Calling a Square a Square

Peer pressure takes on many forms.

Years ago I taught a seminary class filled with the “stars” of the senior class: Mr. Macho, the all-state quarterback, a heart-stopper of every young lady in school; little Miss Pep, the head varsity cheerleader; Mr. President, our student body leader; Mr. Most-Likely-to-Succeed; and Mr. Brains, a young man who had already been offered several full-ride scholarships to some pretty prestigious universities. One day we all learned a sorry lesson that almost any of us can bend to peer pressure. Here’s how it happened.

I had read a magazine article on negative peer pressure. The article described an experiment I was tempted to try on my class of “achievers.” The experiment was designed to show, in a very convincing way, how powerful peer pressure can be. It didn’t really occur to me that the experiment might have some negative consequences.

In class the next morning I did as instructed in the experiment. On the chalkboard I drew a star, a circle, an oval, and a square. I told my class that for the next 50 minutes, the objects on the board were to be identified as a star, a circle, an oval, and a triangle, even though the square was obviously a square. It was now to be called a triangle and nothing else! In a moment they would have an opportunity to convince an unsuspecting visitor that the square was actually a triangle.

Six fold-out seats were set in front of the classroom. Mr. Quarterback, Miss Pep, Mr. President, Mr. Most-Likely-to-Succeed, and Mr. Brains were invited to take their seats, leaving one vacant chair. I then invited a freshman student into the classroom. He immediately recognized that he was among the “elite” of the high school. The students made him welcome. In no time he was feeling right at home. He was with the “Who’s Who” of the school and was thriving on it.

I invited him to take a seat in the one remaining chair in front of the class. I explained that when it came his turn, he was to simply identify the objects drawn on the board. He agreed. The others smiled. The lesson began.

“Mr. Quarterback, will you identify the objects on the board?”

In a deep, macho voice he said, “Star, circle, oval,” and then, coming to the square, he confidently said, “Triangle.”

Our visitor, forgetting himself, let out a laugh that conveyed the idea, “You’ve been sacked a few too many times.” But the rest of the people in the room were absolutely silent.

The freshman quickly searched the faces of those present for acknowledgement of Mr. Quarterback’s obvious mental fumble, but my students were playing their parts. To them that square was nothing more than a triangle. Mr. Freshman had a bewildered expression.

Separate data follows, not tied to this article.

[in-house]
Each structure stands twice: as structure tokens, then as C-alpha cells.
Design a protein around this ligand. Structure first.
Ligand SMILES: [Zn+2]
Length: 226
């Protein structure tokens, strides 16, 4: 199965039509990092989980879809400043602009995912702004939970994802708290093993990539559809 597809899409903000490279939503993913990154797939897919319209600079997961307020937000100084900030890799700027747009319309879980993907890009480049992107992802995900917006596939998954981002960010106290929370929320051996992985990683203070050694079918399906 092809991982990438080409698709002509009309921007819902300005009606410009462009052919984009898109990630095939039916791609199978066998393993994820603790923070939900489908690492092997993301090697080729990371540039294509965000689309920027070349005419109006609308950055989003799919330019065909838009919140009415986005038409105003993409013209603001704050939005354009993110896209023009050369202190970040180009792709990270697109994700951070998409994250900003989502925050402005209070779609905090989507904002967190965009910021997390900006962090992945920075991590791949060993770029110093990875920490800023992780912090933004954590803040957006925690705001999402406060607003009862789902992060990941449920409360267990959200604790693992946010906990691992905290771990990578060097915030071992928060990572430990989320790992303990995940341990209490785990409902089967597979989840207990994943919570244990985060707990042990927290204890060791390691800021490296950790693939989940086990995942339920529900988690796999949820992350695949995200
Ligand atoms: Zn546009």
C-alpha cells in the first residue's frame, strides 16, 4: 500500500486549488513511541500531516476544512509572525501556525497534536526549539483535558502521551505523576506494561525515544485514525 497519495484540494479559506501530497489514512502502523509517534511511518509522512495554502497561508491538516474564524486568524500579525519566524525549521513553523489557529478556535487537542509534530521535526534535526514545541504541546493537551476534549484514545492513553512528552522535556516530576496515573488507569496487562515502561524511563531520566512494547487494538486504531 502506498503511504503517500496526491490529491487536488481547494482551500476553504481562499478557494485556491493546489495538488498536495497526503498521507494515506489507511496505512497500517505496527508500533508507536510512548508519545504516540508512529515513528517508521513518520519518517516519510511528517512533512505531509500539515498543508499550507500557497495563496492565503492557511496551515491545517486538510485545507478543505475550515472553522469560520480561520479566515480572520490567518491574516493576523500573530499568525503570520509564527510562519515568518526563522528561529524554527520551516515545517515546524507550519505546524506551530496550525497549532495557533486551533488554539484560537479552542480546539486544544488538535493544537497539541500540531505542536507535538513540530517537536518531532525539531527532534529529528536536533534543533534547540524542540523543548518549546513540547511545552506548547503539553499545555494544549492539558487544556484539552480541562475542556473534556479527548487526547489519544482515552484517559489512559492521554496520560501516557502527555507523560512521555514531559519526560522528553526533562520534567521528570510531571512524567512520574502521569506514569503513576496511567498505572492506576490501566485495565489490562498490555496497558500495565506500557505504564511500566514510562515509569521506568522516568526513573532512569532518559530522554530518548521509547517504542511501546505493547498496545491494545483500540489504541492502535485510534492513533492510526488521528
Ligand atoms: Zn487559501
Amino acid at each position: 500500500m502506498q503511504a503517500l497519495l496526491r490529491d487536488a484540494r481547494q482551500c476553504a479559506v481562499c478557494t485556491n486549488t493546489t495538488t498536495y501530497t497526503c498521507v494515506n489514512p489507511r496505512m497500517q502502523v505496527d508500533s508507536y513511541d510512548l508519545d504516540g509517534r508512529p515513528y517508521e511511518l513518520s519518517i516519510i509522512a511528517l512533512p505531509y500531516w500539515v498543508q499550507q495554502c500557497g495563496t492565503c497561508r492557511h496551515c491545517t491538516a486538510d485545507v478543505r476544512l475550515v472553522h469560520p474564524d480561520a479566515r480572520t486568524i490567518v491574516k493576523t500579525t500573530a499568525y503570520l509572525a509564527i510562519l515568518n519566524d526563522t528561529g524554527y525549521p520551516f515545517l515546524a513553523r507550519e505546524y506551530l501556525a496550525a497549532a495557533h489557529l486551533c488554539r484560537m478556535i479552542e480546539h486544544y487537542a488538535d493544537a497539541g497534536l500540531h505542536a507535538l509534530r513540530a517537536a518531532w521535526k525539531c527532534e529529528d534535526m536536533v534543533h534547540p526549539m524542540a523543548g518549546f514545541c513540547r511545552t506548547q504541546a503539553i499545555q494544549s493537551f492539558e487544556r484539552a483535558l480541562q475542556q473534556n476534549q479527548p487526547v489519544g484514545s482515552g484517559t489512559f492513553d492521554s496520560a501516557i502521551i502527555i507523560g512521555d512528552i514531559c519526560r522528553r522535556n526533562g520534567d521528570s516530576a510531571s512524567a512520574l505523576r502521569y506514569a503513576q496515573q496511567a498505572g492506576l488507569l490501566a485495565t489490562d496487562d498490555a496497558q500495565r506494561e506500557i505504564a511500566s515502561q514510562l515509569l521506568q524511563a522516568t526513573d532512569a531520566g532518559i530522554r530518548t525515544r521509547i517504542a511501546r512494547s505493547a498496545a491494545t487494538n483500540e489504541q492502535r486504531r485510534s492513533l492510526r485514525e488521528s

I then turned to Miss Pep.

“Would you please identify the objects on the board?”

She enthusiastically replied, “Star, circle, oval, triangle.”

The freshman fidgeted in his seat.

The class remained silent and nonchalant. Twice more the question was asked. Mr. President and Mr. Most-Likely-to-Succeed answered in perfect form.

By now our visitor looked slightly ill and had that “may-I-please-be-dismissed” expression on his face.

“Star, circle, oval, triangle,” Mr. Brains answered.

Now it was Mr. Freshman’s turn. With each object his voice grew weaker, shakier, and less confident.

“Star … circle … oval …” Then silence.

We looked at him. He looked at us.

“What’s the last object?” I asked.


“Come on, what is it?”

Then finally, quietly he spoke.


I thought we’d all break the tenseness with a good laugh. The experiment had worked. But instead there was silence.

I searched the students’ faces. They were all deep in thought. Some heads hung.

Then it hit me. Each one in the class could relate to the embarrassed freshman. Each in a foolish moment, wanting so badly to be accepted or to be part of the group, had in his own way called a square a triangle, had committed a wrong when there was no misunderstanding. Even I could add my name to the list. And we all realized, especially me, that we had been unkind to put Mr. Freshman in such an awkward situation.

We spent the remainder of our class time sharing feelings and regrets, but more importantly sharing desires, hopes, and longings to be more courageous. Mr. Quarterback put his arm around Mr. Freshman, and we all reassured him that we’d made the mistake of bowing to pressure before, too. By the end of the class he was accepted by his peers—not because he’d given in, but because we’d all come to see the importance of never surrendering, of calling a square a square despite the consequences.

When the bell rang, we left as a group, wiser, more hopeful, and with a greater resolve to fight a good battle amid the pressures of the world.